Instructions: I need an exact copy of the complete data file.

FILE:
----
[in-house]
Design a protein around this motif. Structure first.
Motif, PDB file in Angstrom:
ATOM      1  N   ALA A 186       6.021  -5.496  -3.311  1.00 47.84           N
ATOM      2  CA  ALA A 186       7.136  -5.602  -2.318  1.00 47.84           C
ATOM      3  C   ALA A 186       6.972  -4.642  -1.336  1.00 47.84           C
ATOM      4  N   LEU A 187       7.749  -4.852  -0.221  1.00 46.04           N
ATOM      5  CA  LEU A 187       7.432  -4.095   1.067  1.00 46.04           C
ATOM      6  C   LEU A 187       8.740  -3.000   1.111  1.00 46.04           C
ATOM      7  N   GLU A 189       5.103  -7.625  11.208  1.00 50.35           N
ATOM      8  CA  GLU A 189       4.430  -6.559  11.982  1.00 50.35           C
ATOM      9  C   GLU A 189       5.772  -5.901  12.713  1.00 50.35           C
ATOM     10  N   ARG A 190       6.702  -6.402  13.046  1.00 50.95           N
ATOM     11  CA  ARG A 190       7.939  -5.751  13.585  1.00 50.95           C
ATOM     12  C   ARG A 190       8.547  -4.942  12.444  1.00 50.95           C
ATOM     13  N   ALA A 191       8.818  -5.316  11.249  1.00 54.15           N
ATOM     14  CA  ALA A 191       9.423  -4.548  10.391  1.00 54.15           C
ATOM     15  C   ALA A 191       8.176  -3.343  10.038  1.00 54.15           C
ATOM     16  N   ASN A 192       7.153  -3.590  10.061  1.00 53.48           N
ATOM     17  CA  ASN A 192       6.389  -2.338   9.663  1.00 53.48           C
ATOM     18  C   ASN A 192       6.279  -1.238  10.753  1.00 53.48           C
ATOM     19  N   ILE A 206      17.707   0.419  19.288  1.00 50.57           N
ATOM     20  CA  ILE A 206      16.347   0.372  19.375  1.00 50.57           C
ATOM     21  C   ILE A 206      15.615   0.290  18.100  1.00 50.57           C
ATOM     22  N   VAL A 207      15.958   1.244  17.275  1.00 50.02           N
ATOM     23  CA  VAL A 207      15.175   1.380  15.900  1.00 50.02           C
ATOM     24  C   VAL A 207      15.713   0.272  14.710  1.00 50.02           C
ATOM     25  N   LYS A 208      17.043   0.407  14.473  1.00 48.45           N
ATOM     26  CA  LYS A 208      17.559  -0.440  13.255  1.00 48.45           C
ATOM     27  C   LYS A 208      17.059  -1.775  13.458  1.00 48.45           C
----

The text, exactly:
[in-house]
Design a protein around this motif. Structure first.
Motif, PDB file in Angstrom:
ATOM      1  N   ALA A 186       6.021  -5.496  -3.311  1.00 47.84           N
ATOM      2  CA  ALA A 186       7.136  -5.602  -2.318  1.00 47.84           C
ATOM      3  C   ALA A 186       6.972  -4.642  -1.336  1.00 47.84           C
ATOM      4  N   LEU A 187       7.749  -4.852  -0.221  1.00 46.04           N
ATOM      5  CA  LEU A 187       7.432  -4.095   1.067  1.00 46.04           C
ATOM      6  C   LEU A 187       8.740  -3.000   1.111  1.00 46.04           C
ATOM      7  N   GLU A 189       5.103  -7.625  11.208  1.00 50.35           N
ATOM      8  CA  GLU A 189       4.430  -6.559  11.982  1.00 50.35           C
ATOM      9  C   GLU A 189       5.772  -5.901  12.713  1.00 50.35           C
ATOM     10  N   ARG A 190       6.702  -6.402  13.046  1.00 50.95           N
ATOM     11  CA  ARG A 190       7.939  -5.751  13.585  1.00 50.95           C
ATOM     12  C   ARG A 190       8.547  -4.942  12.444  1.00 50.95           C
ATOM     13  N   ALA A 191       8.818  -5.316  11.249  1.00 54.15           N
ATOM     14  CA  ALA A 191       9.423  -4.548  10.391  1.00 54.15           C
ATOM     15  C   ALA A 191       8.176  -3.343  10.038  1.00 54.15           C
ATOM     16  N   ASN A 192       7.153  -3.590  10.061  1.00 53.48           N
ATOM     17  CA  ASN A 192       6.389  -2.338   9.663  1.00 53.48           C
ATOM     18  C   ASN A 192       6.279  -1.238  10.753  1.00 53.48           C
ATOM     19  N   ILE A 206      17.707   0.419  19.288  1.00 50.57           N
ATOM     20  CA  ILE A 206      16.347   0.372  19.375  1.00 50.57           C
ATOM     21  C   ILE A 206      15.615   0.290  18.100  1.00 50.57           C
ATOM     22  N   VAL A 207      15.958   1.244  17.275  1.00 50.02           N
ATOM     23  CA  VAL A 207      15.175   1.380  15.900  1.00 50.02           C
ATOM     24  C   VAL A 207      15.713   0.272  14.710  1.00 50.02           C
ATOM     25  N   LYS A 208      17.043   0.407  14.473  1.00 48.45           N
ATOM     26  CA  LYS A 208      17.559  -0.440  13.255  1.00 48.45           C
ATOM     27  C   LYS A 208      17.059  -1.775  13.458  1.00 48.45           C